- Fed Tapering (buying fewer bonds) plans solidified at its December 14-15th meeting though when the minutes came out in early January, it became apparent that the Fed considered more serious shifts to a restrictive policy: “It may become warranted to increase the federal funds rate sooner or at a faster pace than participants had earlier anticipated. Some participants also noted that it could be appropriate to begin to reduce the … balance sheet relatively soon after beginning to raise the federal funds rate” (my emphasis). While interest rates have already moved higher in reaction, the balance of risk looked to keep shifting against rate-sensitive assets. Larger government deficit spending should be expected, with the 2021 budget deficit projected to be $1.8 trillion, falling to “only” $1.4 trillion the following fiscal year – and that was without the delayed $1.8 trillion “Build Back Better” supplemental spending bill.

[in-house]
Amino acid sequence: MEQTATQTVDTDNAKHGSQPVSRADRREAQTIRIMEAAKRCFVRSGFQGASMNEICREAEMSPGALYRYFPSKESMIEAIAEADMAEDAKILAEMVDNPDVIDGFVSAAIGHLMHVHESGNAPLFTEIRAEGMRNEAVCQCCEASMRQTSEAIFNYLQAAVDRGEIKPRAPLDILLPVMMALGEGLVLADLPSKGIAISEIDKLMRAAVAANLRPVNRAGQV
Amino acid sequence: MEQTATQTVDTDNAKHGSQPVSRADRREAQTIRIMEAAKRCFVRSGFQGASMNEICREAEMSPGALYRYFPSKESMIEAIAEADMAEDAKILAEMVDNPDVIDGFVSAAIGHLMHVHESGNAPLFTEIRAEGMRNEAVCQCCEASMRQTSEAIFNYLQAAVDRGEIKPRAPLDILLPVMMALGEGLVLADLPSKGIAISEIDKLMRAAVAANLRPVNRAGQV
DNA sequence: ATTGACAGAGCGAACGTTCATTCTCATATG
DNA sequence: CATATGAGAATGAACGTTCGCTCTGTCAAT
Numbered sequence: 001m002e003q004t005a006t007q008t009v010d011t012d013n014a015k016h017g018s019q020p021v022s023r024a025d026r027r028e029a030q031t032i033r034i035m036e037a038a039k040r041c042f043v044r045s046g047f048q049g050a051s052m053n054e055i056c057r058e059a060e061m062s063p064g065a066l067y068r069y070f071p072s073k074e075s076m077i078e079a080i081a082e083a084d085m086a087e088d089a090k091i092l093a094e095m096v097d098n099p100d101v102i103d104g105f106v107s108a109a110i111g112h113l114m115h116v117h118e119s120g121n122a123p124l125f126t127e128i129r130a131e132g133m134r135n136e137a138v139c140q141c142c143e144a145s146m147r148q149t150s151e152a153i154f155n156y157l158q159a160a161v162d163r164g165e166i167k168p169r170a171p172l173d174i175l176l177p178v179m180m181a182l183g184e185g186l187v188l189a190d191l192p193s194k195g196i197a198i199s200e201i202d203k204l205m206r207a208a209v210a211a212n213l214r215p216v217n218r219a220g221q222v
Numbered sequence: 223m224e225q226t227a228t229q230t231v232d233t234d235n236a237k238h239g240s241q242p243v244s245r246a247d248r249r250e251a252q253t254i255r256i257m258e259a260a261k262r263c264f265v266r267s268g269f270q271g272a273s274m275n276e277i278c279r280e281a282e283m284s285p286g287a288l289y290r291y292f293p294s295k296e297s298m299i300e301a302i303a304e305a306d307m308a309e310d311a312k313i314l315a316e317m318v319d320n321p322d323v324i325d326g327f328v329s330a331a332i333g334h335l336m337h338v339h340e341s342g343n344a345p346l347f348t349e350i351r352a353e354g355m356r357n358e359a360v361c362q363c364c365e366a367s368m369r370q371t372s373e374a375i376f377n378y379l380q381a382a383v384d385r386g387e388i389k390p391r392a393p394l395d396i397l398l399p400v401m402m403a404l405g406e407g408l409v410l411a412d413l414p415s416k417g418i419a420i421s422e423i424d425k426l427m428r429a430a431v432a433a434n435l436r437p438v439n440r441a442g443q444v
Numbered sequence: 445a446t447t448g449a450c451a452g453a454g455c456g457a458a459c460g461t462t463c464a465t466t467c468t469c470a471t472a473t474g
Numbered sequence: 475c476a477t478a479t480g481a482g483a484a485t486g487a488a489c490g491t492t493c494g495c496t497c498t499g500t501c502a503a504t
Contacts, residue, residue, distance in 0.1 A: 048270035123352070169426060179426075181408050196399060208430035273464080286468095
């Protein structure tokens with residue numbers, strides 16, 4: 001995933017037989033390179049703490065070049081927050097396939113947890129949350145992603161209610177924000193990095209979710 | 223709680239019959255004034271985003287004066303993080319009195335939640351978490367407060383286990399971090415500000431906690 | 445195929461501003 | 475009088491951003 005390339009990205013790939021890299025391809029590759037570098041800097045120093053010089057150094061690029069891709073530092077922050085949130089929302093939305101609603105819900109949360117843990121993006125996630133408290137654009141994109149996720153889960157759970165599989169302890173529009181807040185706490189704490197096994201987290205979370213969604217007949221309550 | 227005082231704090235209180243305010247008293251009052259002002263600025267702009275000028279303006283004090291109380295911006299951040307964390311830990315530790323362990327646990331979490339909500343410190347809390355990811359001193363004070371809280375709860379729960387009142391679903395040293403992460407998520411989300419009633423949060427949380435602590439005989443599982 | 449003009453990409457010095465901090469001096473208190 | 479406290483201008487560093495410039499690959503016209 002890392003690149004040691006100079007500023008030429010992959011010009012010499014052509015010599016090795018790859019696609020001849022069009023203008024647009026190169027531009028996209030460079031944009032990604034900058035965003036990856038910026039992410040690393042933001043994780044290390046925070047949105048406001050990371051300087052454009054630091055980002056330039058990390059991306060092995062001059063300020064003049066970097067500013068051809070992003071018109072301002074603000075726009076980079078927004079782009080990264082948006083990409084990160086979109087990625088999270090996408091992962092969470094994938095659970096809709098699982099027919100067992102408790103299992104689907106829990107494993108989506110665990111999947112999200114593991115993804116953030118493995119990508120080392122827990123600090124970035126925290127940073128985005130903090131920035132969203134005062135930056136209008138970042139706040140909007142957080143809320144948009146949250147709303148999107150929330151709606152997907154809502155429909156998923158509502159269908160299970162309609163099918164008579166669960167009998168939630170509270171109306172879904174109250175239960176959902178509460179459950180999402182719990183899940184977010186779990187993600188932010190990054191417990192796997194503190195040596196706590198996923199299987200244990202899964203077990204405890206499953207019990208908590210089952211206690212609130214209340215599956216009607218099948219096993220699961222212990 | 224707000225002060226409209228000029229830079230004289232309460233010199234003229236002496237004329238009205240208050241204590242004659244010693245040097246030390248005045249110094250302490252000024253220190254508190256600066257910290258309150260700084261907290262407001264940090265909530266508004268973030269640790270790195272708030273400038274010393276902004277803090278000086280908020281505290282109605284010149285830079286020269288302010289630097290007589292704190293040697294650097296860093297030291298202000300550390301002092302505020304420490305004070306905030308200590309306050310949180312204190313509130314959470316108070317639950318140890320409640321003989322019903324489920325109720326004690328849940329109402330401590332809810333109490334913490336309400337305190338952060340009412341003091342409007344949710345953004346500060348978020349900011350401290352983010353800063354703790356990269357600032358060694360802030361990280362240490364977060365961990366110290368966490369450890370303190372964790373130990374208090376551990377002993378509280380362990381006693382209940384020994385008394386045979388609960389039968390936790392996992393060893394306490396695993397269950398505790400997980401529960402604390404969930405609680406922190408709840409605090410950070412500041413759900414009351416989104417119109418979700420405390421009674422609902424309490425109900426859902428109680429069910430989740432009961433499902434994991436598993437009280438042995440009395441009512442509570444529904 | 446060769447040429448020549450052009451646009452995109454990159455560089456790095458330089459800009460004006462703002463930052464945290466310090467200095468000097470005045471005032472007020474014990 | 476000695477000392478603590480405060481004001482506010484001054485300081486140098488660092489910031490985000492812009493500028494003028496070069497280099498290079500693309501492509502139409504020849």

The Chinese Economy still signaled growth in November with retail sales improving (though at a slowing pace +3.9% year-on-year), as did industrial production at +3.9% year-on-year. The Chinese Central Bank cut one-year loan rates for the first time in 20 months as well as injected liquidity to banks during December in order to ease lending conditions as it battles a property crisis. More downgrades hit the sector, with Moody’s, Fitch and S&P downgraded Chinese developers’